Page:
We Remember and Honor Gordie Fellman

Gordie Fellman, a beloved teacher and colleague, died on October 19, 2022 at the age of 88. He leaves behind his wife Pamela Blau and their two children, Ezra and Talia. Gordie, professor emeritus of sociology at Brandeis University, retired in May 2022 after teaching at the university level for 60 years, including 55 at Brandeis.

Gordie grew up in Nebraska and attended Antioch College for his undergraduate degree. Antioch opened its eyes to the excitement of learning, activism, and passionate political debate. He got his doctorate. in sociology from Harvard and in 1964 he joined the fledgling department of sociology at Brandeis. Over the years, he has inspired generations of students to think critically, reflect on themselves, and engage in social action. As one alumnus commented at Gordie’s June 2022 retreat meeting, Gordie conveyed the warmth, passion, and concern for students as people. He invited students to join him in a critical and critical learning approach and to take an active and creative role in their own education. Countless students have spoken of the profound personal growth they experienced in his classes and how Gordie inspired them to make the world a better place.

He has taught numerous courses: “Deconstructing War, Building Peace”, “Social Class and Social Change”, “Masculinities”, “Marx and Freud”, “Sociology of Empowerment”, “Psychoanalytical Sociology”, “Sociology of the Israeli-Palestinian confrontation. and “Public Sociology.” He explained that this seemingly disparate list revolves around several central questions: What are the sources, in history and in the development and inner workings of the self, of unnecessary human suffering? be curtailed in a thoughtful, careful, and conscious way? Her “Sociology of Empowerment” course has stood out as a transformative experience for hundreds of students over the past 25 years. Based on the experiences of this class, many Gordie students became activists and peacemakers. As a final project for this course, students in the Empowerment class created the Peace Monument. Gordie won the Louis Dembitz Brandeis Teaching Excellence Award in 1999. And in 2007, he won the Student Union Best Teaching Award.

Gordie served as chair of the sociology department from 1974 to 1976 and again from 1984 to 1987. In addition to being a faculty member of the sociology department, he was a co-founder and, from 1990, served as director of the interdisciplinary program of peace, conflict and coexistence studies. -PAX (originally called Peace Studies Program, and later, Peace and Conflict Studies Program).

Gordie has played a major role in many key moments in Brandeis history. He was an active supporter of the original Ford Hall Demonstration in 1968 (leading to the creation of the African American Studies program the first in the country) and the national student strike in 1970. In the spring of 1998, he and a remarkable group of about 35 members of the Brandeis Students for a Free Tibet carried out 16 programs called Seven Weeks on Tibet. It culminated with the visit of the Dalai Lama on May 8 and 9 to Brandeis where, for the first time, a group of Buddhist nuns created a sand mandala. Previously, only monks were allowed to perform this sacred ritual. In 2007, Gordie was among a small group of colleagues who, in the face of fierce opposition, invited President Carter to visit Brandeis to discuss the situation in the Middle East. President Carter later wrote that it was one of the defining moments of his career and described these courageous actions as “striking examples of the values ​​upheld by Judge Brandeis and the principles on which Brandeis University has stood founded”.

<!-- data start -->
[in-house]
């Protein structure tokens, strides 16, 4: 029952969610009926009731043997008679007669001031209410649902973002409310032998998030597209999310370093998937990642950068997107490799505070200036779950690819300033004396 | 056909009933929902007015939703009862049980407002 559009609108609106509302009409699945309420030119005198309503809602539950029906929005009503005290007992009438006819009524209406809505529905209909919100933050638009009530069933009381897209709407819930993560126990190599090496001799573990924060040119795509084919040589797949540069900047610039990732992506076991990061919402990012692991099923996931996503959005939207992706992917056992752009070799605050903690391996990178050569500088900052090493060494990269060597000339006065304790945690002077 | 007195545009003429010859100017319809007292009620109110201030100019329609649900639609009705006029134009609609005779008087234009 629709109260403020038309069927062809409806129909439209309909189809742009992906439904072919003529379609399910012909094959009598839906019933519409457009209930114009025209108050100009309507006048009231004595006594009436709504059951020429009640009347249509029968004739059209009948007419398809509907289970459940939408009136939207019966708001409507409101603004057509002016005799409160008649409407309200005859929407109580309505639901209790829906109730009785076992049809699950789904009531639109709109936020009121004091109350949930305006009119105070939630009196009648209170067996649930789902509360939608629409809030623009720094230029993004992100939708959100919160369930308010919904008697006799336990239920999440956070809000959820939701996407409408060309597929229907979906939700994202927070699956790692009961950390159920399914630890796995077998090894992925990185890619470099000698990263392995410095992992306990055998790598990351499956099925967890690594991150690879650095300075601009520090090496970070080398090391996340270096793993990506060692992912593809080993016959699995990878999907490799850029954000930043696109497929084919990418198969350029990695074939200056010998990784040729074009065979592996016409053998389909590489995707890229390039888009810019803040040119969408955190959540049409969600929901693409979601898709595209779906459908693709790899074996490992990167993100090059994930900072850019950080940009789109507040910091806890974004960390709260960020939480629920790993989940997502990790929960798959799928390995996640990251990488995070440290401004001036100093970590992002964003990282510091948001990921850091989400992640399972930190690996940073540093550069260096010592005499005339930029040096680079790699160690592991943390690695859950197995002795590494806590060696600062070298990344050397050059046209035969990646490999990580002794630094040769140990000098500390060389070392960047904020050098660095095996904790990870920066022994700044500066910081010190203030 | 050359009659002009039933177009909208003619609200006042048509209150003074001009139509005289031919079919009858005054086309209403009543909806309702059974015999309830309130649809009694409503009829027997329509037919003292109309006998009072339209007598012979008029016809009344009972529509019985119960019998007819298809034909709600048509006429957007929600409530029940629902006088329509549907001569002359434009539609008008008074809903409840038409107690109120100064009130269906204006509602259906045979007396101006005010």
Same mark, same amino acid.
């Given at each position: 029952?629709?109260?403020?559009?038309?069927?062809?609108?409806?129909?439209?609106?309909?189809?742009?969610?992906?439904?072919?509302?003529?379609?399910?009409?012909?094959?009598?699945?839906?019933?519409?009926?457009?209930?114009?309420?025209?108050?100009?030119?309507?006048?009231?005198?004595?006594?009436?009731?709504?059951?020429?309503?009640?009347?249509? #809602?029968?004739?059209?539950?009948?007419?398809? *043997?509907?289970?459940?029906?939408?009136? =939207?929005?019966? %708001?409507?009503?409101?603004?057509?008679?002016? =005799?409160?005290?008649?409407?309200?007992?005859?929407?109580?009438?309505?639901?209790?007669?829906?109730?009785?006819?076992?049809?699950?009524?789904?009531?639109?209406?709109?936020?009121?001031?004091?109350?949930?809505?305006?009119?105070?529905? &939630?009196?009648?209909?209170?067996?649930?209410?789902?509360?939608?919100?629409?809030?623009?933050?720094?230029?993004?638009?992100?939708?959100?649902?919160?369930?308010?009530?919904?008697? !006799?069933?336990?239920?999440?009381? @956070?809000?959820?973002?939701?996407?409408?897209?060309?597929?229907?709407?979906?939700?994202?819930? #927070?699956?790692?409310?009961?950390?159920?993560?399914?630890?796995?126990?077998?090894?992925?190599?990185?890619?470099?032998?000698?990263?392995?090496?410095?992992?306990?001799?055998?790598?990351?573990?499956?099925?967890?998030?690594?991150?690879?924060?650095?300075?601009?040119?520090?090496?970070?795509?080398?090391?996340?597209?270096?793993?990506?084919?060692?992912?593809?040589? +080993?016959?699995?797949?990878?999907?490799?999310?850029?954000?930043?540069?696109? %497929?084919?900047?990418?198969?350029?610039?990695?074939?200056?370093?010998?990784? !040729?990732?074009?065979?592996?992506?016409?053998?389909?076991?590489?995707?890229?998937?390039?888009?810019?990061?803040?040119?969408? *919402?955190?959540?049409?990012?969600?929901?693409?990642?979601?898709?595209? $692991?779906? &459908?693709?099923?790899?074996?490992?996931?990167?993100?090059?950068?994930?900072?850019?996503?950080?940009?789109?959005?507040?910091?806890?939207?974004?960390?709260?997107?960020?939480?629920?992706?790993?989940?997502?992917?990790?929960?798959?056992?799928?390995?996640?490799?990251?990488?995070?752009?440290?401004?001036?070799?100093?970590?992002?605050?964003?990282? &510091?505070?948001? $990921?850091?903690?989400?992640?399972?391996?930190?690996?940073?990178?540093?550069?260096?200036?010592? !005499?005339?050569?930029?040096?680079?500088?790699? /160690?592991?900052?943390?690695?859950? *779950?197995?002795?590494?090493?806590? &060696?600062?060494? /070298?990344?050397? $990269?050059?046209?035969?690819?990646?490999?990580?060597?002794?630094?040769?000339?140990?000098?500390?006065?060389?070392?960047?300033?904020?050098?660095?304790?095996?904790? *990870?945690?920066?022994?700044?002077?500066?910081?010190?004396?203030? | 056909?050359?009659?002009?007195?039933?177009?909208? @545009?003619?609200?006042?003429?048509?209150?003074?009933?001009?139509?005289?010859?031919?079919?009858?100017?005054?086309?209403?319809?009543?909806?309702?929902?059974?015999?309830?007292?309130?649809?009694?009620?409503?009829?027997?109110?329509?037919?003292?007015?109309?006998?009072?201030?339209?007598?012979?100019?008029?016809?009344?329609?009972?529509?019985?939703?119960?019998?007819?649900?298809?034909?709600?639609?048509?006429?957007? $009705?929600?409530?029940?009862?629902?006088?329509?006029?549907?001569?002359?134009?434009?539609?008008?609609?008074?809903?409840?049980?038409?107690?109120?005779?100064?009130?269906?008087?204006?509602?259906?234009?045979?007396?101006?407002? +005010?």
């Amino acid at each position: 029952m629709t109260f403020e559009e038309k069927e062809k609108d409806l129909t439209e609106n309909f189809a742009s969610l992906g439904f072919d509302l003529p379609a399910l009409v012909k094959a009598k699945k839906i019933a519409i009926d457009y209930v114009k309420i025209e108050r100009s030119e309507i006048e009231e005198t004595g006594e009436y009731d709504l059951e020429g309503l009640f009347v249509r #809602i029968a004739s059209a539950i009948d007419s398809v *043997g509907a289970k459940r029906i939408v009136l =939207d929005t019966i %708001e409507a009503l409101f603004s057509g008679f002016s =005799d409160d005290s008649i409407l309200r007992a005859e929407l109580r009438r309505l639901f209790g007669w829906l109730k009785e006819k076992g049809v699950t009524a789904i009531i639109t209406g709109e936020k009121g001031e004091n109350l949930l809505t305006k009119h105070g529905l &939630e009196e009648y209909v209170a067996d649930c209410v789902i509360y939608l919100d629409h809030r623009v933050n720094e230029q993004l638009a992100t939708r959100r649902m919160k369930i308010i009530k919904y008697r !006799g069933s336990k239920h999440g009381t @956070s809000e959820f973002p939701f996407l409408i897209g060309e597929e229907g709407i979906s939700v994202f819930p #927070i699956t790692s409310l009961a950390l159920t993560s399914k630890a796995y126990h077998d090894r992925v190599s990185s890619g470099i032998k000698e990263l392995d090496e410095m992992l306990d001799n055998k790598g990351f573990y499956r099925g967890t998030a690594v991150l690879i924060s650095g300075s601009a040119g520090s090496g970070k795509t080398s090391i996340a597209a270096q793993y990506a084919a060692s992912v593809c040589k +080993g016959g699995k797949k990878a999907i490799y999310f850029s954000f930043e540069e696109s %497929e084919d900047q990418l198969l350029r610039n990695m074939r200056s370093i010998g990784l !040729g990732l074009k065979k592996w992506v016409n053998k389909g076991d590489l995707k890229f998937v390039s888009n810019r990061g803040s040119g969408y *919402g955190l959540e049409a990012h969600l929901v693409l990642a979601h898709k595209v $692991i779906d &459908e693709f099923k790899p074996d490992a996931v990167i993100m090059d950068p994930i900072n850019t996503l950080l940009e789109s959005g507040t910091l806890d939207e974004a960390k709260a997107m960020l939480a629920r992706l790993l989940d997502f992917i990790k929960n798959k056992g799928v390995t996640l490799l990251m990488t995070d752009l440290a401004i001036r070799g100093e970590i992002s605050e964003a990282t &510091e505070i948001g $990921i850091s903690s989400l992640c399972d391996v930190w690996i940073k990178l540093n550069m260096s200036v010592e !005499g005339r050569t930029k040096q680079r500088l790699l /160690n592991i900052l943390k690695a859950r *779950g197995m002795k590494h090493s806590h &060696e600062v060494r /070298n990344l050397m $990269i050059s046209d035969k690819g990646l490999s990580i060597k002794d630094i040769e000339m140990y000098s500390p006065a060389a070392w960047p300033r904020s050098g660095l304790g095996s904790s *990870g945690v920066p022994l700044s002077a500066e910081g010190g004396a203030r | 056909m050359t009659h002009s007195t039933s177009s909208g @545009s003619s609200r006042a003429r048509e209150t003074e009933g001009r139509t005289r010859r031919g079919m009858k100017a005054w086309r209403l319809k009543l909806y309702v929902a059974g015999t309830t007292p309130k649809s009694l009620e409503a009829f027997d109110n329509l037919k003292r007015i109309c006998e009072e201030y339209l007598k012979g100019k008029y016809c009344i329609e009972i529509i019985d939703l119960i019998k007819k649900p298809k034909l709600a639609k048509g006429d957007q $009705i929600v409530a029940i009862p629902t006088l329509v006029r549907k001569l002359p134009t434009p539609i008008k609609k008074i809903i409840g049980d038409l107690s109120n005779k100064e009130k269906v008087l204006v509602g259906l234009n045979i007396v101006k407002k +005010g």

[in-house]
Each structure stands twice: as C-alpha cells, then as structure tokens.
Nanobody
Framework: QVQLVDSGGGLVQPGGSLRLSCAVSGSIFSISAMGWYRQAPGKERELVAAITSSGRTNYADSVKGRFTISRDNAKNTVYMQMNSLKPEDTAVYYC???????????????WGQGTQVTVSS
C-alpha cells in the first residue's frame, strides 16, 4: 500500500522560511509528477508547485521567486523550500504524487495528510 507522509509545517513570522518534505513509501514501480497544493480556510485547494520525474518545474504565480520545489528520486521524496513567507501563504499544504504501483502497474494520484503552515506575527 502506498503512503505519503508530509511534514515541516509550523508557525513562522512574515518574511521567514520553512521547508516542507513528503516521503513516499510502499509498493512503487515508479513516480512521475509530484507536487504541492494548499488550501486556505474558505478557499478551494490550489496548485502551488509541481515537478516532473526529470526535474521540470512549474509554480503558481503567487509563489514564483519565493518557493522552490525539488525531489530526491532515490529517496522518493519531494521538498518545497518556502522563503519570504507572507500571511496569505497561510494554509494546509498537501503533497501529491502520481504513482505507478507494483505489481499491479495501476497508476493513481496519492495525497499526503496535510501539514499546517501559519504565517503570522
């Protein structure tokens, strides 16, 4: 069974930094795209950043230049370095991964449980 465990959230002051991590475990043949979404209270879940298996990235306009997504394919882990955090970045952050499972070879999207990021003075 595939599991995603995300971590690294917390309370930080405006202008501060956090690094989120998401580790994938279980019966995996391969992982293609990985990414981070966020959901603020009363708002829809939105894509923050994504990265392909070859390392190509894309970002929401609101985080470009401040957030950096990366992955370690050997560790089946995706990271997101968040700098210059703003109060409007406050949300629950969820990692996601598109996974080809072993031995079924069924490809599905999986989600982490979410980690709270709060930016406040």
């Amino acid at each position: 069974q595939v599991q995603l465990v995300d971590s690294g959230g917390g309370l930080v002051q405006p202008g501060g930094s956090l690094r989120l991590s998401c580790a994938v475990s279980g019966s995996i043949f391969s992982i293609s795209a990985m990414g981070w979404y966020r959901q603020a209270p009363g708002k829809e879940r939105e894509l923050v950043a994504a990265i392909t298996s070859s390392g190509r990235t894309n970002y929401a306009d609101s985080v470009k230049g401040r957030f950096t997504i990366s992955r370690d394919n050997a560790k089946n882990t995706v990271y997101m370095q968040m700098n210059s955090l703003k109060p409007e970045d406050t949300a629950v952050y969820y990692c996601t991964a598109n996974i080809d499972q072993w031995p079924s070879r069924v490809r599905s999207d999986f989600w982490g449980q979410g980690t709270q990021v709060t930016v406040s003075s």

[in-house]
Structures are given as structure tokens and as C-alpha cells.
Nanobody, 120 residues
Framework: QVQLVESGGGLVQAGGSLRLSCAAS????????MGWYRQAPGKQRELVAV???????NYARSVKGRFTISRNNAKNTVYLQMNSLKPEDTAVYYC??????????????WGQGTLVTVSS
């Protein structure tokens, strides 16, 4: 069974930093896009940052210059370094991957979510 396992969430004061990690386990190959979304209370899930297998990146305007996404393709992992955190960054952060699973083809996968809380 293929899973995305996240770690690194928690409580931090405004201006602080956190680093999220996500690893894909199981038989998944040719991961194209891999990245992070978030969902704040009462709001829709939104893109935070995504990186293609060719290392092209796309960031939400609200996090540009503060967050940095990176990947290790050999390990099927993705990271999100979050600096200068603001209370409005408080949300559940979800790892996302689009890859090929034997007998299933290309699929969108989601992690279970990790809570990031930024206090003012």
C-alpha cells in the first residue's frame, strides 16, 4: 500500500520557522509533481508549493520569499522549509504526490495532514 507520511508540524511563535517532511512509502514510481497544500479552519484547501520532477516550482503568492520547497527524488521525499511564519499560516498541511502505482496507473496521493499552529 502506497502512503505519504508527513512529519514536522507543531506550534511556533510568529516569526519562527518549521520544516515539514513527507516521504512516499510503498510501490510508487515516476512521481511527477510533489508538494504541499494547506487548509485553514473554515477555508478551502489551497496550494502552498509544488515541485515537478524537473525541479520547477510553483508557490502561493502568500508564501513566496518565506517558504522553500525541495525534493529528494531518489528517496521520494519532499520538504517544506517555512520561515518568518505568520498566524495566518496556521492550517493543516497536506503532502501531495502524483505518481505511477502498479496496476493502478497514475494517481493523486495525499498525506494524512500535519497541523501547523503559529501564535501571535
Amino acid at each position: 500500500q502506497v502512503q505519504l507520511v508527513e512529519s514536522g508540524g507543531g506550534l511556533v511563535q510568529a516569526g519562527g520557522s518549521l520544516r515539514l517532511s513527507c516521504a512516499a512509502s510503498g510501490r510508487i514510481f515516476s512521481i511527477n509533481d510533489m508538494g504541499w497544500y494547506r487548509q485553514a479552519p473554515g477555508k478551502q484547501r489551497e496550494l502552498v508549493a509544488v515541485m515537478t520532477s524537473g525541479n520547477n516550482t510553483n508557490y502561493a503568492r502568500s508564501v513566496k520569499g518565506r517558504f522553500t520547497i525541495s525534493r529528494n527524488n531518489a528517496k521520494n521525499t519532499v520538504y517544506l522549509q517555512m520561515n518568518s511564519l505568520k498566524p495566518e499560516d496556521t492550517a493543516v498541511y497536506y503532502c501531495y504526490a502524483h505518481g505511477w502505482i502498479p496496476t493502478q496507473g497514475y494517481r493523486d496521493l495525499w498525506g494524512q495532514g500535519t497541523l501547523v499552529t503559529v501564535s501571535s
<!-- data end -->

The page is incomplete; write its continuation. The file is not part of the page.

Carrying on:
Gordie’s first book, co-authored with Barbara Brandt, The Deceived Majority: Politics and Protest in Central America (1973), is based on his experience, with a group of neighbors in Cambridge, of successfully combating the “inner belt” highway that was to destroy Cambridge’s working-class neighborhoods. His second book published in 1998 was Rambo and the Dalai Lama: the compulsion to win and its threat to human survival (Albany: SUNY Press). In this book he developsed a central idea of ​​his thought, offering a paradigm of mutuality based on cooperation, benevolence, education, and love. That’s what he suggestsed should supplant the dominant Western paradigm of antagonism based on conflict of interest and war. Gordie saw shifting the emphasis from antagonism to mutuality as essential for the survival of our species and the environment.

Gordie first married when he was 65. He fulfilled his desire to become a parent when he became a father to Ezra in 2001 and Talia in 2003. Being a father brought Gordie immense joy! Ezra and Talia enjoyed visiting their father’s office in Pearlman Hall in Brandeis and occasionally attended one of his classes. He loved introducing his students to his children and his children to his students. Many “sociology of empowerment” classes have come to the Fellman/Blau house for the annual pot-luck. From there were born many beloved babysitters and friends whom the family cherishes to this day.

More recently, Gordie received the award ‘2021 Peace Educator-Scholar Award’ for excellence in scholarship and dedication to peace education by the Peace and Justice Studies Association (PJSA). For the launch of Brandeis University 2022, Gordie was honored with serve as Grand Marshal. After his retirement, Gordie continued to work on a manuscript developing his ideas of mutuality and the need to end war in order to address the climate crisis. He also started a garden of succulents and orchids, enjoyed cooking meals for his family., and fulfilled a childhood dream of learning to play the piano. He will be greatly missed.

Gordie and the Dalai Lama

Gordie and the Dalai Lama

Gordie and his children
Gordie Felman